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Trading and Capital-Markets Activities Manual

Trading Activities: Market Risk 
Source: Federal Reserve System 
(The complete Activities Manual (pdf format) can be downloaded from the Federal Reserve's web site)

Market risk is the potential that changes in the market prices of an institution's holdings may have an adverse effect on its financial condition. The four most common market-risk factors are interest rates, foreign-exchange rates, equity prices, and commodity prices. The market risk of both individual financial instruments and portfolios of instruments can be a function of one, several, or all of these basic factors and, in many cases, can be significantly complex. The market risks arising from positions with options, either explicit or embedded in other instruments, can be especially complex and difficult to manage. Institutions should ensure that they adequately measure, monitor, and control the market risks involved in their trading activities. 

The measurement of market risk should take due account of hedging and diversification effects and should recognize generally accepted measurement techniques and concepts. Although several types of approaches are available for measuring market risk, institutions have increasingly adopted the ''value-at-risk'' approach for their trading operations. Regardless of the specific approach used, risk measures should be sufficiently accurate and rigorous to adequately reflect all of an institution's meaningful market risk exposure and should be adequately incorporated into the risk-management process. 

Risk monitoring is the foundation of an effective risk-management process. Accordingly, institutions should ensure that they have adequate internal reporting systems that address their market-risk exposures. Regular reports with appropriate detail and frequency should be provided to the various levels of trading operations and senior management, from individual traders and trading desks to business-line management and senior management and, ultimately, the board of directors. 

A well-constructed system of limits and policies on acceptable levels of risk exposure is a particularly important element of risk control in trading operations. Financial institutions should establish limits for market risk that relate to their risk measures and are consistent with maximum exposures authorized by their senior management and board of directors. These limits can be allocated to business units, product lines, or other appropriate organizational units and should be clearly understood by all relevant parties. In practice, some limit systems often include additional elements such as stop-loss limits and other trading guidelines that may play an important role in controlling risk at the trader and business-unit level. All limits should be appropriately enforced and adequate internal controls should exist to ensure that any exceptions to limits are detected and adequately addressed by management. 


Interest-Rate Risk 

Interest-rate risk is the potential that changes in interest rates may adversely affect the value of a financial instrument or portfolio, or the condition of the institution as a whole. Although interest-rate risk arises in all types of financial instruments, it is most pronounced in debt instruments, derivatives that have debt instruments as their underlying reference asset, and other derivatives whose values are linked to market interest rates. In general, the values of longer-term instruments are often more sensitive to interest-rate changes than the values of shorter-term instruments.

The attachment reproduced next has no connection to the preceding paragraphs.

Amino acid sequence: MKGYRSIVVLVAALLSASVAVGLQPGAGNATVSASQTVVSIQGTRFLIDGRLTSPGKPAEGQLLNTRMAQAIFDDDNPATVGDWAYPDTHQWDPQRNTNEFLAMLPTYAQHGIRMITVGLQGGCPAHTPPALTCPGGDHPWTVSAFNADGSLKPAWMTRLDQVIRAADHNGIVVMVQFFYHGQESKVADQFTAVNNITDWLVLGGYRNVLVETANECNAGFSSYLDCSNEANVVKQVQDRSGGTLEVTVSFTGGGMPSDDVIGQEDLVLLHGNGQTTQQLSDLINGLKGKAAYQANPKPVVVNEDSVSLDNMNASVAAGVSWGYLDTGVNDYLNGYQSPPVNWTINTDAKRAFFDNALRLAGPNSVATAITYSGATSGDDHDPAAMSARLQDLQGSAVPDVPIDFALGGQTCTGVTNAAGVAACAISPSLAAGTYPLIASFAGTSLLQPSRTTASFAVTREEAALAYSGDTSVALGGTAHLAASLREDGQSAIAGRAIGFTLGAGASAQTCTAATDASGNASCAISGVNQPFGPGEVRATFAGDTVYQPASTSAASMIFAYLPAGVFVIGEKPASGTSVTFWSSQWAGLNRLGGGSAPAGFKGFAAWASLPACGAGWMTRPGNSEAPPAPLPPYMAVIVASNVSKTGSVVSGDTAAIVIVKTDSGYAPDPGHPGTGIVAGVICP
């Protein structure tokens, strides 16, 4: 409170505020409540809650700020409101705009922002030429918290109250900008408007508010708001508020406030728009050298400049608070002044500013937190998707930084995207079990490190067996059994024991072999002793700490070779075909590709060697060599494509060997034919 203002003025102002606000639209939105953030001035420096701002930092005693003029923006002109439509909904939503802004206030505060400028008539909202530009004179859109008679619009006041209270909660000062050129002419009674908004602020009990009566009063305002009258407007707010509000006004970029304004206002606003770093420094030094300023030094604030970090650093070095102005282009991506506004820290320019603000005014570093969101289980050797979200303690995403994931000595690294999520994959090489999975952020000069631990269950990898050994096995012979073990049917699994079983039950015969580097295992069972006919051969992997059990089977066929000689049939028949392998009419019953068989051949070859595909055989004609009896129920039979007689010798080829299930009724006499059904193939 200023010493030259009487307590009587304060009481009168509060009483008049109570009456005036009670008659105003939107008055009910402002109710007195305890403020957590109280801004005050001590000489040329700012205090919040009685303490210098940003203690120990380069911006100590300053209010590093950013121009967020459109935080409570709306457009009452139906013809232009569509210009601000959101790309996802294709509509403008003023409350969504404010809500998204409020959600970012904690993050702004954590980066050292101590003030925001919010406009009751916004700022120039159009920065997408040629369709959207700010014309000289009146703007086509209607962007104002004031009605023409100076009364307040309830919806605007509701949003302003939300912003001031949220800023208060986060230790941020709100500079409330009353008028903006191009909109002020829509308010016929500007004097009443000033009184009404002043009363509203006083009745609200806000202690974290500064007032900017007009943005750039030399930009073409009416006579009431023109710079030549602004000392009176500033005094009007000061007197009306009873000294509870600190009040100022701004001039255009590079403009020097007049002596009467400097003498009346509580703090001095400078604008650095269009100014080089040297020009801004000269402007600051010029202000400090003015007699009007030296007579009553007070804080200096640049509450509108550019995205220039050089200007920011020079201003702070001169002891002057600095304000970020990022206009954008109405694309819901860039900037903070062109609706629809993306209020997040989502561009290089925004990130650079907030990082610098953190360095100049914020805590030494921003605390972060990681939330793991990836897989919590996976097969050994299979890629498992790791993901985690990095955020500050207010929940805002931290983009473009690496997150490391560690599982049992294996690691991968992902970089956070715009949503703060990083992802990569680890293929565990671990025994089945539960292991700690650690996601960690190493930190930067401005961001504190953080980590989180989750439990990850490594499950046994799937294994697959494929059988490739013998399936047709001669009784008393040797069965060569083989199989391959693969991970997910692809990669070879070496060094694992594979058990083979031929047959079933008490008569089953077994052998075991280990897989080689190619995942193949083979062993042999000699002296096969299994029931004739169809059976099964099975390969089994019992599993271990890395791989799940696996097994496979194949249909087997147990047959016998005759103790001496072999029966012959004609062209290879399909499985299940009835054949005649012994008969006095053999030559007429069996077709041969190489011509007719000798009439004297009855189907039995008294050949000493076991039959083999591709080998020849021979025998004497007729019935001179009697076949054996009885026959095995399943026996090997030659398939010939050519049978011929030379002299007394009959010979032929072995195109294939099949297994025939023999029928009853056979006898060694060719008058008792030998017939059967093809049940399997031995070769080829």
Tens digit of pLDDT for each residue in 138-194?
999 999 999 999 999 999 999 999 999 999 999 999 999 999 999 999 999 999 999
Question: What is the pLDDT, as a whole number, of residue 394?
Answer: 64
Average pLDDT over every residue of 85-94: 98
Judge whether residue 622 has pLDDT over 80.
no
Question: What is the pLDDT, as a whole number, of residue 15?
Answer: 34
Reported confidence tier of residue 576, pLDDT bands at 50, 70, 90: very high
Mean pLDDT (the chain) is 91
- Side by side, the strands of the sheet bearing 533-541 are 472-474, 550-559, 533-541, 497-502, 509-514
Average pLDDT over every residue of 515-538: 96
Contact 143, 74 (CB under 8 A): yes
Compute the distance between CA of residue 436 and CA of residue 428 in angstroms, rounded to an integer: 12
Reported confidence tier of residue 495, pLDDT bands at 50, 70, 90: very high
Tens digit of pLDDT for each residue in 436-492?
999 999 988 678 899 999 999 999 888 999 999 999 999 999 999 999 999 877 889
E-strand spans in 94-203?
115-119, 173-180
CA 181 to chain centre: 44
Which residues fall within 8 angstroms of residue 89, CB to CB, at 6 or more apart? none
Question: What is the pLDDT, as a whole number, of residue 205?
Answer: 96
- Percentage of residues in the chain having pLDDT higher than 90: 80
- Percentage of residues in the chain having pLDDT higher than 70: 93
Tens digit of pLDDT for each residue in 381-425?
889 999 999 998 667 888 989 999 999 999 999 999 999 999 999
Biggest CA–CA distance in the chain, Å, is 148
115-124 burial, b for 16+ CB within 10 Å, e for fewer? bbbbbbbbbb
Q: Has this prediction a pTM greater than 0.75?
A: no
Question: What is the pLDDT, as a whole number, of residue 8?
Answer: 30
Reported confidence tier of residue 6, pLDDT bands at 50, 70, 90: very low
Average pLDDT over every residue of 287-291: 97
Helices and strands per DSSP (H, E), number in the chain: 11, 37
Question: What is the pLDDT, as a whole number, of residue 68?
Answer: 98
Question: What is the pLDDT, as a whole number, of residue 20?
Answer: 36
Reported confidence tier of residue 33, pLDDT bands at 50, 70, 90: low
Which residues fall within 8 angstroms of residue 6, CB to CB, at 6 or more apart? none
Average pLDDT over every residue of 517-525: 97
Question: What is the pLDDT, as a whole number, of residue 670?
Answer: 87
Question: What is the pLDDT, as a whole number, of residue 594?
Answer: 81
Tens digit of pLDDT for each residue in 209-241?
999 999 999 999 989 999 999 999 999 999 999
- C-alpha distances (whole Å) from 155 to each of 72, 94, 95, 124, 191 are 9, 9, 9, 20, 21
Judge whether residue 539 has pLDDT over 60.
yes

Risk in trading activities arises from open or unhedged positions and from imperfect correlations between offsetting positions. With regard to interest-rate risk, open positions arise most often from differences in the maturities or repricing dates of positions and cash flows that are asset-like (i.e., ''longs'') and those that are liability-like (i.e., ''shorts''). The exposure that such ''mismatches'' represent to an institution depends not only on each instrument's or position's sensitivity to interest-rate changes and the amount held, but also on how these sensitivities are correlated within portfolios and, more broadly, across trading desks and business lines. In sum, the overall level of interest-rate risk in an open portfolio is determined by the extent to which the risk characteristics of the instruments in that portfolio interact. 

Imperfect correlations in the behaviour of offsetting or hedged instruments in response to changes in interest rates-both across the yield curve and within the same maturity or repricing category-can allow for significant interest-rate risk exposure. Offsetting positions with different maturities, although theoretically weighted to create hedged positions, may be exposed to imperfect correlations in the underlying reference rates. Such ''yield curve'' risk can arise in portfolios in which long and short positions of different maturities are well hedged against a change in the overall level of interest rates, but not against a change in the shape of the yield curve when interest rates of different maturities change by varying amounts.